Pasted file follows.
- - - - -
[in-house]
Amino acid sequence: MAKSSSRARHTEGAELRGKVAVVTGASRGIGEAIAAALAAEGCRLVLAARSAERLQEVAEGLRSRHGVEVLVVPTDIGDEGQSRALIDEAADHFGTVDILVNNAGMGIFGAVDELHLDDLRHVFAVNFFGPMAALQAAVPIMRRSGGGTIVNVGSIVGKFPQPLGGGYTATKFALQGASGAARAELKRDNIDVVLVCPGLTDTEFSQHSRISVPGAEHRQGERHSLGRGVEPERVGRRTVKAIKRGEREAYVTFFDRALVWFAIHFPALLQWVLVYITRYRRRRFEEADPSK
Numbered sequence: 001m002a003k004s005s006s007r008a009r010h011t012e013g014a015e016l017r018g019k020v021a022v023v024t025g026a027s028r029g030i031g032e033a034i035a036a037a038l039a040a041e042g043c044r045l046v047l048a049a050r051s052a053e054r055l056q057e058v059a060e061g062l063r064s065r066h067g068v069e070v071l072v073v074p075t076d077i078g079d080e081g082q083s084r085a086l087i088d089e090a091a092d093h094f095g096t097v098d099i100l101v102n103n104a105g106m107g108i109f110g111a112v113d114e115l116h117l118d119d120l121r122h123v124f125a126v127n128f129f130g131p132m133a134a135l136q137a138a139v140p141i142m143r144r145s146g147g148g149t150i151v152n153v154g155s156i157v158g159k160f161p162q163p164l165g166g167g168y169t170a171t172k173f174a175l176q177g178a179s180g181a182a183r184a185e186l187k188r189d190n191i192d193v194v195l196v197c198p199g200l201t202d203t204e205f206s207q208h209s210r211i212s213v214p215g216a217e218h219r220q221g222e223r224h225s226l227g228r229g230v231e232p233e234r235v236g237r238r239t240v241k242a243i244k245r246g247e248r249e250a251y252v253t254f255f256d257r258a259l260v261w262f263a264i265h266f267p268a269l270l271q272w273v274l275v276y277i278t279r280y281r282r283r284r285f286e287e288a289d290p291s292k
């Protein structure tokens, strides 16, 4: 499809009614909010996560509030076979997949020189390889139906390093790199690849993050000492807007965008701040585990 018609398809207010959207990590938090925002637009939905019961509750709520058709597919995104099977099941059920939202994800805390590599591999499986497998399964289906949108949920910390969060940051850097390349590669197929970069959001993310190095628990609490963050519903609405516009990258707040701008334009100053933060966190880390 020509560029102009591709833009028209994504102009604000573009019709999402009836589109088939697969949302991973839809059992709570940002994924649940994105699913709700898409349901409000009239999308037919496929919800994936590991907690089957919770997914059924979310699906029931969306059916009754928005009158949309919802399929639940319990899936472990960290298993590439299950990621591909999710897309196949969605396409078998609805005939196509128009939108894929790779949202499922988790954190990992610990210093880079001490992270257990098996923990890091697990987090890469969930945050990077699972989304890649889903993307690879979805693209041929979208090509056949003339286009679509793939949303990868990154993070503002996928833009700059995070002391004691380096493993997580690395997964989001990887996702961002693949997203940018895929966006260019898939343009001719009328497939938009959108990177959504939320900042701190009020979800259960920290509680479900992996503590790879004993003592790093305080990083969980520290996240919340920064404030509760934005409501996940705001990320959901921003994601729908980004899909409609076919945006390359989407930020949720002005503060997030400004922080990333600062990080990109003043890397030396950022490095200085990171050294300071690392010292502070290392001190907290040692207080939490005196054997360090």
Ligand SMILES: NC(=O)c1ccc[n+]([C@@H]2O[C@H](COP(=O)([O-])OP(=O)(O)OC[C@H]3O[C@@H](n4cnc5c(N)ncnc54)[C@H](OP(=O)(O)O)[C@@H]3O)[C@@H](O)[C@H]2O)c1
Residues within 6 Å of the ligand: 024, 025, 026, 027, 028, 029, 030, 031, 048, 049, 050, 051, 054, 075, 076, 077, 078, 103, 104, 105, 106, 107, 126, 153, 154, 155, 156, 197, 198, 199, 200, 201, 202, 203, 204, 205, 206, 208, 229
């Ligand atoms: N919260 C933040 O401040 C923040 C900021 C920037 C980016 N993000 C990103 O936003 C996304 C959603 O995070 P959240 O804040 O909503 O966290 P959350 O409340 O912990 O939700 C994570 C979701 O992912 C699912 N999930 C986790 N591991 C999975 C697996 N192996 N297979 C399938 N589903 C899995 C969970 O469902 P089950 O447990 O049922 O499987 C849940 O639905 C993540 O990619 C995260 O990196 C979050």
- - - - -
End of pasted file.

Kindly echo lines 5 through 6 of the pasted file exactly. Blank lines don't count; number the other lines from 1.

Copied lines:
Ligand SMILES: NC(=O)c1ccc[n+]([C@@H]2O[C@H](COP(=O)([O-])OP(=O)(O)OC[C@H]3O[C@@H](n4cnc5c(N)ncnc54)[C@H](OP(=O)(O)O)[C@@H]3O)[C@@H](O)[C@H]2O)c1
Residues within 6 Å of the ligand: 024, 025, 026, 027, 028, 029, 030, 031, 048, 049, 050, 051, 054, 075, 076, 077, 078, 103, 104, 105, 106, 107, 126, 153, 154, 155, 156, 197, 198, 199, 200, 201, 202, 203, 204, 205, 206, 208, 229